You Need Help: Relearning Sex with Chronic Pain

Q:

My partner has chronic neck, shoulder and wrist pain after a car accident, despite a whole lot of physical therapy and massage. Any repetitive hand motion or any lengthy amount of time with her neck in one position is super painful, so many of the things two ladies can do in bed together are not feasible when it’s my turn. We’ve been trying to make it work with toys, which I’m happy with, but she feels like she’s not really involved in my orgasm when we use toys and doesn’t enjoy it. We’re then left switching activities and positions frequently to keep her comfortable, which makes it hard for me to stay in the, er, zone.

So I’m in search of help. (1) I’m really struggling with not feeling resentful about the limited options at my disposal and (2) Like, is there something we’re forgetting that can be accomplished without repetitive hand motion, toys, or keeping your neck in one position?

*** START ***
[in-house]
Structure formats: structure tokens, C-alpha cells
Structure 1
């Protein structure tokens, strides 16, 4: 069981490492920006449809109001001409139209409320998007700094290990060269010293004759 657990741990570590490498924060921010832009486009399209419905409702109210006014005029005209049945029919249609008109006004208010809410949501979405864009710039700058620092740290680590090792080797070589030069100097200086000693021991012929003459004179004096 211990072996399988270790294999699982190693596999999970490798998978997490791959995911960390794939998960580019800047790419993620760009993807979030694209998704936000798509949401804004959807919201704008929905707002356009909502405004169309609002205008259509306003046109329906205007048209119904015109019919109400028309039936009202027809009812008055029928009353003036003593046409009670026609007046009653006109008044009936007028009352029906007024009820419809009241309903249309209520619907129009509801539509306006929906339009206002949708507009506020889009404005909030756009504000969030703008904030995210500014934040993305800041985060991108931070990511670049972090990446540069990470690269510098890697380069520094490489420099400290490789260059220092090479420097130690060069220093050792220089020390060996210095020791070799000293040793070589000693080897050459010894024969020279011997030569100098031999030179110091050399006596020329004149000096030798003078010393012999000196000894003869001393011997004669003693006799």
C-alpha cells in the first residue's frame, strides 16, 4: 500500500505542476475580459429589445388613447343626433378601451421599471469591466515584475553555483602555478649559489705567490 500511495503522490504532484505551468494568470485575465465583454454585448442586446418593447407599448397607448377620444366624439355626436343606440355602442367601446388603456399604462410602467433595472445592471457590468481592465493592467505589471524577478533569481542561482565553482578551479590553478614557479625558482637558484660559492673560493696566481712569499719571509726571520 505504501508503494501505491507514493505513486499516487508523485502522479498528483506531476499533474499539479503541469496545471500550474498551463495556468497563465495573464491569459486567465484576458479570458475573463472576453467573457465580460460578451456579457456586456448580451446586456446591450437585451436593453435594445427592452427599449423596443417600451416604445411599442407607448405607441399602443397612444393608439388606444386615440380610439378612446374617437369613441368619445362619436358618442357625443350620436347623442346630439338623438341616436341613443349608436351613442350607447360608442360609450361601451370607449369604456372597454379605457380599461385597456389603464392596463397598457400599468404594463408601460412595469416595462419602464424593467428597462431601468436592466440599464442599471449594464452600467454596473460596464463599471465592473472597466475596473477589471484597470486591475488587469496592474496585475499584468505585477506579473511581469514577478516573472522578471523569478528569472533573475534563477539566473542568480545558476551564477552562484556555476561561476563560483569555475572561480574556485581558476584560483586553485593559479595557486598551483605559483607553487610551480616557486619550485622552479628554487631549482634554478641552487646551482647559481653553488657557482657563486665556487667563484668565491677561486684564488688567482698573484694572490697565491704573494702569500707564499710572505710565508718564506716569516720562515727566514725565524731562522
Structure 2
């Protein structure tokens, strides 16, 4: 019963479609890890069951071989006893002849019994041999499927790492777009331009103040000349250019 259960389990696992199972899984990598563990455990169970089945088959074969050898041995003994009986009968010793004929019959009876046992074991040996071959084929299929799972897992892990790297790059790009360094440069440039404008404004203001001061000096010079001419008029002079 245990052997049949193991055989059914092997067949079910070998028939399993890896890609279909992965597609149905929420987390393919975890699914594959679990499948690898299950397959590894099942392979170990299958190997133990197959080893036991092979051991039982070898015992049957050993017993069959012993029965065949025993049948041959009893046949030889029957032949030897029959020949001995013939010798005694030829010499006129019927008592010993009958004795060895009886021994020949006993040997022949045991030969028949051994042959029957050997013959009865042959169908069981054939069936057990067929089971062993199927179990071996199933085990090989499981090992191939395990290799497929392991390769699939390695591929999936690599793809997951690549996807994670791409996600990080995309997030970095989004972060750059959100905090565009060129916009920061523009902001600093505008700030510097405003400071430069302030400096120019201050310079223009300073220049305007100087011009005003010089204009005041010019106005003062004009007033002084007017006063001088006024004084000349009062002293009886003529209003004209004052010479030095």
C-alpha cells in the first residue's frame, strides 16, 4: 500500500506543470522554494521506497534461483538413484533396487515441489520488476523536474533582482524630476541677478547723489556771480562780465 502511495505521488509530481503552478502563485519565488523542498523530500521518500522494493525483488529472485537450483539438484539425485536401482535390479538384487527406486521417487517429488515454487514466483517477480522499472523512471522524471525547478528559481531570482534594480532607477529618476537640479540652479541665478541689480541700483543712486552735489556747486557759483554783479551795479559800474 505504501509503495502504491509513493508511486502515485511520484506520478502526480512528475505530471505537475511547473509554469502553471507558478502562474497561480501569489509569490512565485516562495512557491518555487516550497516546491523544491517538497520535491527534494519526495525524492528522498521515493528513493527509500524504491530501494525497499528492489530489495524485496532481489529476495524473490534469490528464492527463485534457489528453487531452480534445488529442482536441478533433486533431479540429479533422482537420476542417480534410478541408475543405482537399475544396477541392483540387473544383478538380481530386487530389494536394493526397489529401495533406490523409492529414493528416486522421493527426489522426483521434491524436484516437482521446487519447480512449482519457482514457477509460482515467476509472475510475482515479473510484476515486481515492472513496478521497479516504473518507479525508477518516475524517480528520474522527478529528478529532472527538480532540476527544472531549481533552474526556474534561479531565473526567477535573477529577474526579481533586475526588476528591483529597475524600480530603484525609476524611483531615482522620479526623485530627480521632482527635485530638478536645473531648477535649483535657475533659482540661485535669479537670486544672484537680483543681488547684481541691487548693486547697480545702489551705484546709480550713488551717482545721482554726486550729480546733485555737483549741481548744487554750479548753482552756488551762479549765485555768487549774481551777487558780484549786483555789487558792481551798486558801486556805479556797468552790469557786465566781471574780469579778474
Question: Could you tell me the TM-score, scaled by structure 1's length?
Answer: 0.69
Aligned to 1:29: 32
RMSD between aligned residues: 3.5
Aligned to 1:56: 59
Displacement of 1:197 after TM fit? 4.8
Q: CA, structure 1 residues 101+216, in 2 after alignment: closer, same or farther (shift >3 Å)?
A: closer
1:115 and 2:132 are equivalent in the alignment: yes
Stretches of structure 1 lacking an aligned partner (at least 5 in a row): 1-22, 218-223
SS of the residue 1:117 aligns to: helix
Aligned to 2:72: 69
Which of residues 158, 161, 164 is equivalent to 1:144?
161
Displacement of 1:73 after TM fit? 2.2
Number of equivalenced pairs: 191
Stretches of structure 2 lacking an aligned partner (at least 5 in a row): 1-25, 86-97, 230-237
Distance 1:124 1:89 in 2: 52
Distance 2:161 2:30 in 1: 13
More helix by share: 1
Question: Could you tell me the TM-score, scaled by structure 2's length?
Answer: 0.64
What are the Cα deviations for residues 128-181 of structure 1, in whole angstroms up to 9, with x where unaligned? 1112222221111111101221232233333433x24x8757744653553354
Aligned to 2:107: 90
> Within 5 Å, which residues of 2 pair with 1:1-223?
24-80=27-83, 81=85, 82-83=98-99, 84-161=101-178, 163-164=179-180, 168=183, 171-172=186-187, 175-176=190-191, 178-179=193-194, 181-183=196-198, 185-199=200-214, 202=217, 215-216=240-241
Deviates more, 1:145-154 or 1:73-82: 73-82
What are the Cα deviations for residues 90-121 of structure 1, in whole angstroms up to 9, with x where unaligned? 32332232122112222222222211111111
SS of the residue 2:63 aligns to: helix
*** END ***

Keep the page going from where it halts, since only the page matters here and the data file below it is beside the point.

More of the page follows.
A:

First of all, I am so glad you reached out about your situation. That was absolutely the right call, because this kind of thing, when left unchecked, can mutate into resentment and poison relationships. When you actually address them, you take that power away. So kudos to you for being up front about how you feel, both with your partner and here now. Seriously, go ahead and feel great about that. To me it says that you’re committed to finding new ways to make this work, and that’s key when it comes to bodies and how they change.